Please use this identifier to cite or link to this item:
|Title:||National Culture and Leadership in the United Arab Emirates (UAE)|
United Arab Emirates (UAE)
|Publisher:||The British University in Dubai (BUiD)|
|Abstract:||With the trend towards globalisation, multinational corporations continue to seek global diversity. As such it is imperative to better understand the importance and impact of organisational variables such as leadership and culture on organisational performance and productivity. Globalisation and transferability of human capital across the globe has stimulated an increasing need to develop global managers who understand the implications of cross-cultural work environments and are able to effectively manage people from different cultural backgrounds with diverse cultural values and practices to achieve business success. National culture (NC) has an overwhelming power to influence people’s behaviour both at society and organisational levels. This study examined how NC and its dimensions influenced the leadership behaviour of the managers in the United Arab Emirates (UAE). The dimensions of NC and leadership used in this study were the ones developed by House et al. (2004) for Project GLOBE. The survey covered a number of managers and senior employees in the Marine and Oil & Gas sectors from a variety of countries. The collected data from the sample was analysed using a number of statistical tests. The results of this study confirmed a positive correlation between NC and leadership behaviour of managers in the UAE. However more specifically the study revealed that Charismatic, team oriented, humane oriented and autonomous leadership behaviours are culturally endorsed whereas self- protective and participative leadership behaviours are significantly correlated to NC. Leadership is a competitive advantage that influences organisations’ sustainable performance results. In order to enhance leadership abilities of the managers in a diverse cultural environment such as the UAE, this study has made recommendations in relation to ‘organisational culture’, ‘recruitment & selection’ and ‘leadership development’. Organisational culture can be referred to as a micro model of national culture, hence a strong organisational culture will outline the expected behaviour of the leaders and other members that are perceived to contribute towards organisational performance and success. In addition to that, this study also recommends evaluating underlying intellect and interpersonal skills of the candidates for leadership roles along with their technical skills and experience in order to have a comprehensive assessment of one’s leadership potential. And finally, the study recommends that organisations should hold all the senior executives and line managers accountable for the development of individual managers by owning and executing succession plans.|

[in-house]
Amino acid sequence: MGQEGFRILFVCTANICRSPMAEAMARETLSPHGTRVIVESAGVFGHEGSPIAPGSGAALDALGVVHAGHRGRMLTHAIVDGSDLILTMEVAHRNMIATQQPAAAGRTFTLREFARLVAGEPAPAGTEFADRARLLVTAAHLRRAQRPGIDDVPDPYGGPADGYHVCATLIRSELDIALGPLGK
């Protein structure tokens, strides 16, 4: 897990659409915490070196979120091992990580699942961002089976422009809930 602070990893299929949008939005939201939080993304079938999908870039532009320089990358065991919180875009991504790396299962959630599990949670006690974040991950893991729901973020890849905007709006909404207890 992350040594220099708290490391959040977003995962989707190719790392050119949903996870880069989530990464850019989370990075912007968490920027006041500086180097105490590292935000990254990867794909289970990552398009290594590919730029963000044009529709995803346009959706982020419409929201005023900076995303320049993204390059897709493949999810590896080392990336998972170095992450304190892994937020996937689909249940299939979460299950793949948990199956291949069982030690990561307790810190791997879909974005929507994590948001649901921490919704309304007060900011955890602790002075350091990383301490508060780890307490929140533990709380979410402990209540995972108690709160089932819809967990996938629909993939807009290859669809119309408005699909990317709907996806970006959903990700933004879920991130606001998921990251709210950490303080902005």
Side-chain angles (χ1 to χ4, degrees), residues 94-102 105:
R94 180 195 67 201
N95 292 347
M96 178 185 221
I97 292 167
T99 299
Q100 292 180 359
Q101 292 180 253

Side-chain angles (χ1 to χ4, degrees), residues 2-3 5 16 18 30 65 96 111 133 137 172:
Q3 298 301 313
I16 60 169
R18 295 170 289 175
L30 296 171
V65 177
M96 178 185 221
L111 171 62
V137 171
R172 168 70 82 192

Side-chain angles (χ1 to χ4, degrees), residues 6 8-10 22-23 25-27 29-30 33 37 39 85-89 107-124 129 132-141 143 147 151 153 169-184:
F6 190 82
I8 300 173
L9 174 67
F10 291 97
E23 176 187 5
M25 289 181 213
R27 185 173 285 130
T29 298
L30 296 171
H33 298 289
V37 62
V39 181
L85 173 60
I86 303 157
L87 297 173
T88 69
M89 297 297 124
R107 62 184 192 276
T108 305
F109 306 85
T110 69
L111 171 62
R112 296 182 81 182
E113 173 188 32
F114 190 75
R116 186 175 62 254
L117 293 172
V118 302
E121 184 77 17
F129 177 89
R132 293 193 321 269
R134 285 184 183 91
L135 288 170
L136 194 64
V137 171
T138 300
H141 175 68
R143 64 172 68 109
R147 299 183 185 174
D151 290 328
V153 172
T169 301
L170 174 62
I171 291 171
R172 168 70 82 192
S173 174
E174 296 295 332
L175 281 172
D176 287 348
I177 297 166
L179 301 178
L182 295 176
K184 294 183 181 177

|Appears in Collections:||Dissertations for Human Resource Management (HRM)|
Items in DSpace are protected by copyright, with all rights reserved, unless otherwise indicated.